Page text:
When I say we need ‘authorizers’ to start, it is because the PDIA work we do is always in the public domain, where no real work (with action attached) is done without someone’s explicit authorization. The required authorizer is always, in my experience, someone inside the context undergoing change. This means the work cannot be ordered or organized or identified by an external agent (donor, consultant, or even academic).

My team at Harvard found this out the hard way. As you will read in a forthcoming working paper by Stuart Russell, Peter Harrington and I, we have experimented with PDIA initiatives where problems are identified in different ways.  We have had limited success whenever anyone from Harvard or an external entity (like a donor) has been a main identifier of the problem. In contrast, we have almost always had some success when the problem was identified by a domestic authorizer in the place undergoing change.

This is simply because the internal authorizer needs to have internal authority: at the least, to convene a group of internal people to start engaging with the problem, and beyond this to protect the PDIA process from threats and distractions. No external party can do this.

Beyond convening authority, we find that the authorizers need to provide three types of authorization: shareable authorization (where they allow the engagement of other authorizers in the process of scratching the itch), flexible authorization (which allows for an experimental process), and patient (or grit) authorization (where one can expect some continued support in the search for an effective ‘scratch’ solution).

These are big authorization needs, and one does not know if they will be met at the start of the PDIA process. But they tend to come when authorizers face an itch (making them willing to share, adaptive in demands, and patient for a real solution).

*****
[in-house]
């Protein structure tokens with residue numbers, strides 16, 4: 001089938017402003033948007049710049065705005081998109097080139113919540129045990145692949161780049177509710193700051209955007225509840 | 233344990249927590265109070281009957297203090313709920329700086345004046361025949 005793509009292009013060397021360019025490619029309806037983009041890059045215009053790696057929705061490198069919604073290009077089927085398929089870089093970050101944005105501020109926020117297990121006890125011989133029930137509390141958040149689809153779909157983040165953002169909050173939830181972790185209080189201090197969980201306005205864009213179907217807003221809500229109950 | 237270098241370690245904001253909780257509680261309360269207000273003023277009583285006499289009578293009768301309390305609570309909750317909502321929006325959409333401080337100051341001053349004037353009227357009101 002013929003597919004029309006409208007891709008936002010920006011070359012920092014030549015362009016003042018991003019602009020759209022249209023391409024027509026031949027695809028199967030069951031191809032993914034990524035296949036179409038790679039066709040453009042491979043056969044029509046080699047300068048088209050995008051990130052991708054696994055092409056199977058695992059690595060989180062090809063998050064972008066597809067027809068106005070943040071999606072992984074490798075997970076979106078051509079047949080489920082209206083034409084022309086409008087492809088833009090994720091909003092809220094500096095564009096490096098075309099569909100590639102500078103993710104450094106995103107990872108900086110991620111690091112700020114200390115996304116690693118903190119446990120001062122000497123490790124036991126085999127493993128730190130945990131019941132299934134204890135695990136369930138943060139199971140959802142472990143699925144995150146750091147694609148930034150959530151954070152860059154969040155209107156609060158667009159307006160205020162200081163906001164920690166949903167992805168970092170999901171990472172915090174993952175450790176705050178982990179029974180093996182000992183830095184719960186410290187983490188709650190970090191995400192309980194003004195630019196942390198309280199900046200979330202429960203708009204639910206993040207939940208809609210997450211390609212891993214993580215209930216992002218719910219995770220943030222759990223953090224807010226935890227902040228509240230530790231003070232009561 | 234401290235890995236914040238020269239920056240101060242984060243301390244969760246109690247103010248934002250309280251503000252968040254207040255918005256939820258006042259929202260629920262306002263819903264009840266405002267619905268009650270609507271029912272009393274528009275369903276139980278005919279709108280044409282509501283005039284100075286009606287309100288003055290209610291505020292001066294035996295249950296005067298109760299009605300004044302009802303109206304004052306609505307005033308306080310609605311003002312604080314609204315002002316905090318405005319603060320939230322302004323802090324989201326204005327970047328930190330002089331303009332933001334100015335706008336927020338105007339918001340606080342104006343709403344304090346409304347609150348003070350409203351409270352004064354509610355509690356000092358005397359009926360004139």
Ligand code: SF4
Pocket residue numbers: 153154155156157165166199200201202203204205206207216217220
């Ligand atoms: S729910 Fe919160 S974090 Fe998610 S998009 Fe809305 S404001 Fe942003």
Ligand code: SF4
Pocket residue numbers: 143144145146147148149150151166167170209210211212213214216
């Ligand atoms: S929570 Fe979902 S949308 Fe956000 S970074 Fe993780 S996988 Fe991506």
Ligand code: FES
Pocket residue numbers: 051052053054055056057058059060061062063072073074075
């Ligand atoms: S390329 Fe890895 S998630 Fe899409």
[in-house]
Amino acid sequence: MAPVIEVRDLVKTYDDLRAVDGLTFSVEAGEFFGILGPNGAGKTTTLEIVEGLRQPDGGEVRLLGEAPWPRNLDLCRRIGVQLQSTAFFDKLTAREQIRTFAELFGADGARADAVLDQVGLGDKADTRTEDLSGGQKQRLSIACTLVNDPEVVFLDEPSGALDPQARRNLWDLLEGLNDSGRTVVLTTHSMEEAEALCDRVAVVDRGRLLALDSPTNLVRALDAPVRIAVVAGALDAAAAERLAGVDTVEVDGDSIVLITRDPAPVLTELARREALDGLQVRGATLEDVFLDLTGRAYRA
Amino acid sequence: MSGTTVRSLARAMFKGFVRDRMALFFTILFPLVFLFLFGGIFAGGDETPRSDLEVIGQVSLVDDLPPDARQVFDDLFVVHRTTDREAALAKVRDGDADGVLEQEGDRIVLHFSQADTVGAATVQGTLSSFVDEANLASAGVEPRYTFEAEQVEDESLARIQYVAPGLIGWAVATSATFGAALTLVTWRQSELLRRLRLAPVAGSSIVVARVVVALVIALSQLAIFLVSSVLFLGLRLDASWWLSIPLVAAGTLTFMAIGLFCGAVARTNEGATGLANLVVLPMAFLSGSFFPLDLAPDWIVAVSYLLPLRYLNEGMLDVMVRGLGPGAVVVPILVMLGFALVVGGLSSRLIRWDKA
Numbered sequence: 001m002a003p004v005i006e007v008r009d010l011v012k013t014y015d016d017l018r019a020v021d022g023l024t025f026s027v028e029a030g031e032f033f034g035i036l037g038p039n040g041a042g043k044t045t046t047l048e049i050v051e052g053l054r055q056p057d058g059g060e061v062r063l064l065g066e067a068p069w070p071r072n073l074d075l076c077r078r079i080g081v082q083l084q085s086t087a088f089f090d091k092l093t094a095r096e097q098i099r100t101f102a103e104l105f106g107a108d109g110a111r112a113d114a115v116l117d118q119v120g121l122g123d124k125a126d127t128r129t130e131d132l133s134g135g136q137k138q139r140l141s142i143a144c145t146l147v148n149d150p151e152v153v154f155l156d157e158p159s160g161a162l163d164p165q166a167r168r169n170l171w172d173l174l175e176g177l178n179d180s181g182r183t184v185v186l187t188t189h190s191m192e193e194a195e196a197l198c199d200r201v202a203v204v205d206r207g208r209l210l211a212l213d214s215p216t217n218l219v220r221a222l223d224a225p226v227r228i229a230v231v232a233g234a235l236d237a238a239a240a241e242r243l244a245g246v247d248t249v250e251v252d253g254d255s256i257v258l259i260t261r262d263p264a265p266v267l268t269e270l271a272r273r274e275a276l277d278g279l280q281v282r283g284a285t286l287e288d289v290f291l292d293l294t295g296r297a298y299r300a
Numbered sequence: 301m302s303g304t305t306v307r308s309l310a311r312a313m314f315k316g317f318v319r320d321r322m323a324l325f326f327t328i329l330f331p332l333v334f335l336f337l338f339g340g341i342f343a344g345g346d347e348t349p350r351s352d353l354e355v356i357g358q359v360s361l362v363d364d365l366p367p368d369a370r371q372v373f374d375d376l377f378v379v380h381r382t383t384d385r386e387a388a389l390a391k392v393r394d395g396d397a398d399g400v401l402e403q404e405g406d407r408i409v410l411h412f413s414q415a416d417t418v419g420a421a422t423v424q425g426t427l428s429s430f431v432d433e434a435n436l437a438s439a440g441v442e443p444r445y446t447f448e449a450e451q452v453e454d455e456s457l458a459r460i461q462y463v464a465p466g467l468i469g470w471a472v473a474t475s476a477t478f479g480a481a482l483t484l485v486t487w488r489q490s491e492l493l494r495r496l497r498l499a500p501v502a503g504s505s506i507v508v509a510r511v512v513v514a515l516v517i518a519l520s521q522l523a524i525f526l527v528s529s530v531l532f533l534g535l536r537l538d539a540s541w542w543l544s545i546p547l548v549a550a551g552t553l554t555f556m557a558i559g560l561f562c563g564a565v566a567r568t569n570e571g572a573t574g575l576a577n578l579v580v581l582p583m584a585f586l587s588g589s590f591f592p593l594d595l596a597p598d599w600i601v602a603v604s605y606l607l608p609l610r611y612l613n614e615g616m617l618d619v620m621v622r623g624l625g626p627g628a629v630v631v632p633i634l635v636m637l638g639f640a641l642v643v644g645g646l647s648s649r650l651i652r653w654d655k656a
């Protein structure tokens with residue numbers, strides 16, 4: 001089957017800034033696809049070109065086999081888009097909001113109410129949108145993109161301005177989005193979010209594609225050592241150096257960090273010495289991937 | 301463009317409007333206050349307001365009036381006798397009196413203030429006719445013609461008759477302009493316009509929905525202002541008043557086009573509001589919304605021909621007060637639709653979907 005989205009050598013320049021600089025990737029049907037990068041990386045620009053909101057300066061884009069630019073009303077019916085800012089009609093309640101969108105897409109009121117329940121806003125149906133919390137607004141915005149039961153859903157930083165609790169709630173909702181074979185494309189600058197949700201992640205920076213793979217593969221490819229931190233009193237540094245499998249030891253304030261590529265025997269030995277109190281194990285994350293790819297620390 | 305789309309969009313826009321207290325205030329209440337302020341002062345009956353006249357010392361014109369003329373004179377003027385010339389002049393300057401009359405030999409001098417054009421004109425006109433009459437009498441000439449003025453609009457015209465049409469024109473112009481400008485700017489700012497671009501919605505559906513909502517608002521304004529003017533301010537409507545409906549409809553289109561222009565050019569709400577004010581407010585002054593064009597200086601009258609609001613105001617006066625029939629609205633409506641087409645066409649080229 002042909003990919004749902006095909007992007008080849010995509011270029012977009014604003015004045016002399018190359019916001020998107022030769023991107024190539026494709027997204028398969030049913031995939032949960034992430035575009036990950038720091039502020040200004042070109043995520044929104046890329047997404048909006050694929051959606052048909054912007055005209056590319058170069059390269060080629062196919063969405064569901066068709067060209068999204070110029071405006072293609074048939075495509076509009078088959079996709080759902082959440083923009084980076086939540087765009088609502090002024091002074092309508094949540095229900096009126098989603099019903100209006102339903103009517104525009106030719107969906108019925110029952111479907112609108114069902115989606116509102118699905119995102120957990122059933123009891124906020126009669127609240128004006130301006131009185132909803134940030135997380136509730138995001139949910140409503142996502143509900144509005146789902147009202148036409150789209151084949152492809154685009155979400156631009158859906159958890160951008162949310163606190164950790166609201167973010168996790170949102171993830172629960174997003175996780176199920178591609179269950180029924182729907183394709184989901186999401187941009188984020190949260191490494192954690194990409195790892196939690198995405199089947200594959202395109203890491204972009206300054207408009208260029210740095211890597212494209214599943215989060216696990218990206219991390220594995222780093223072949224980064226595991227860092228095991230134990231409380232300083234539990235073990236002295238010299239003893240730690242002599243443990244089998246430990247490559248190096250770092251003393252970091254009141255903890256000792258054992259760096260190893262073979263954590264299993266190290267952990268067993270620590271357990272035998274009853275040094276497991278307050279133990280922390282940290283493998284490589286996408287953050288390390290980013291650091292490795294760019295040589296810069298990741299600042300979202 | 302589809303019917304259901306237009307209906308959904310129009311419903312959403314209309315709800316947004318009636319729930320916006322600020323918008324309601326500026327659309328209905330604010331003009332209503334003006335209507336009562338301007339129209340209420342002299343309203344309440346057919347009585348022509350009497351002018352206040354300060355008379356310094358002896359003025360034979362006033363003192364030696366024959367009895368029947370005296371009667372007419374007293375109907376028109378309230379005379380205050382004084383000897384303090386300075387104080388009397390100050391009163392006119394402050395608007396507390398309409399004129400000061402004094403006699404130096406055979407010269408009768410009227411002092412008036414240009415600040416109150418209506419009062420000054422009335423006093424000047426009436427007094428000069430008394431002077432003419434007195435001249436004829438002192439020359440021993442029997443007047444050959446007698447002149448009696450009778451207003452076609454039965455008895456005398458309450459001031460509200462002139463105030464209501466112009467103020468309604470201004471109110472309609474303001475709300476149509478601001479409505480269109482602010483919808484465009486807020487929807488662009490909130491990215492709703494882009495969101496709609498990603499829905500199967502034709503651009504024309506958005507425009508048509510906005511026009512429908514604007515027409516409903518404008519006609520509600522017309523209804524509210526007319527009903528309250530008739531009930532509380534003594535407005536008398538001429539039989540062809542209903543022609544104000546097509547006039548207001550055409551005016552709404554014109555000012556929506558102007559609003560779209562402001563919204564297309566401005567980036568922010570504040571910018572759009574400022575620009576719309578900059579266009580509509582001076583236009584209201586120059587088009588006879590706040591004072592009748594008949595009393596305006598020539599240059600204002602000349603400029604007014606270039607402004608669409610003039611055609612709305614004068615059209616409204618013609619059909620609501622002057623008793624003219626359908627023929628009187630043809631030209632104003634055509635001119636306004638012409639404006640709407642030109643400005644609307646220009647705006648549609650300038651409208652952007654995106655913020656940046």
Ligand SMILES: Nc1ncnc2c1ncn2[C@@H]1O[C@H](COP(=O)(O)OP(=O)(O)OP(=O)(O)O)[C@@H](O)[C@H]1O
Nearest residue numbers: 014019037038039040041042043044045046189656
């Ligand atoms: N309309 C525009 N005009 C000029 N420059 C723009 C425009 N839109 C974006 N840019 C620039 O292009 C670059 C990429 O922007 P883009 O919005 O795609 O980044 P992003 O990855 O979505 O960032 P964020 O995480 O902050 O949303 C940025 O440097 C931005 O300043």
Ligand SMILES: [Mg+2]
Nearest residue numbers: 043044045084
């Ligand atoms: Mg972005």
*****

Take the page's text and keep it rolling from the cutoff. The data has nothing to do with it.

We find, therefore, that there is enough space to initiate a PDIA initiative if we find an authorizer with an itch she cannot scratch.  That’s where we start our work, buckling our seat belts and getting ready for a journey of, and to the unexpected.

Are you in a situation where an authorizer is facing a stubborn itch? Maybe you have space to ask, “What’s the problem…and can we mobilize a team to try something different to solve it?”

Learn more about engaging authorizers around problems that matter in chapters 6 and 9 of our free book, Building State Capability: Evidence, Analysis, Action.


Download the new PDIA book for free

written by Salimah Samji

We are delighted to inform you that our PDIA book entitled, “Building State Capability: Evidence, Analysis, Action” was just published by Oxford University Press. The book presents an evidence-based analysis of development failures and explains how capability traps emerge and persist. It is not just a critique, it also offers a way of doing things differently. It provides you with the tools you need to personalize and apply these new ideas to your own context.

Here is a review written by Francis Fukuyama

“Building State Capability provides anyone interested in promoting development with practical advice on how to proceed—not by copying imported theoretical models, but through an iterative learning process that takes into account the messy reality of the society in question. The authors draw on their collective years of real-world experience as well as abundant data and get to what is truly the essence of the development problem.”

In keeping with our commitment to provide free resources to help diffuse our PDIA approach to practitioners around the world, we have enabled an open access title under a Creative Commons license (CC BY-NC-ND 4.0). We hope you find the book useful and that it helps create a PDIA community of change that shares, learns and grows together. Visit the book webpage to download your free copy. Please share your thoughts on social media using the hashtag #PDIABook

Listen to what the authors have to say about the book: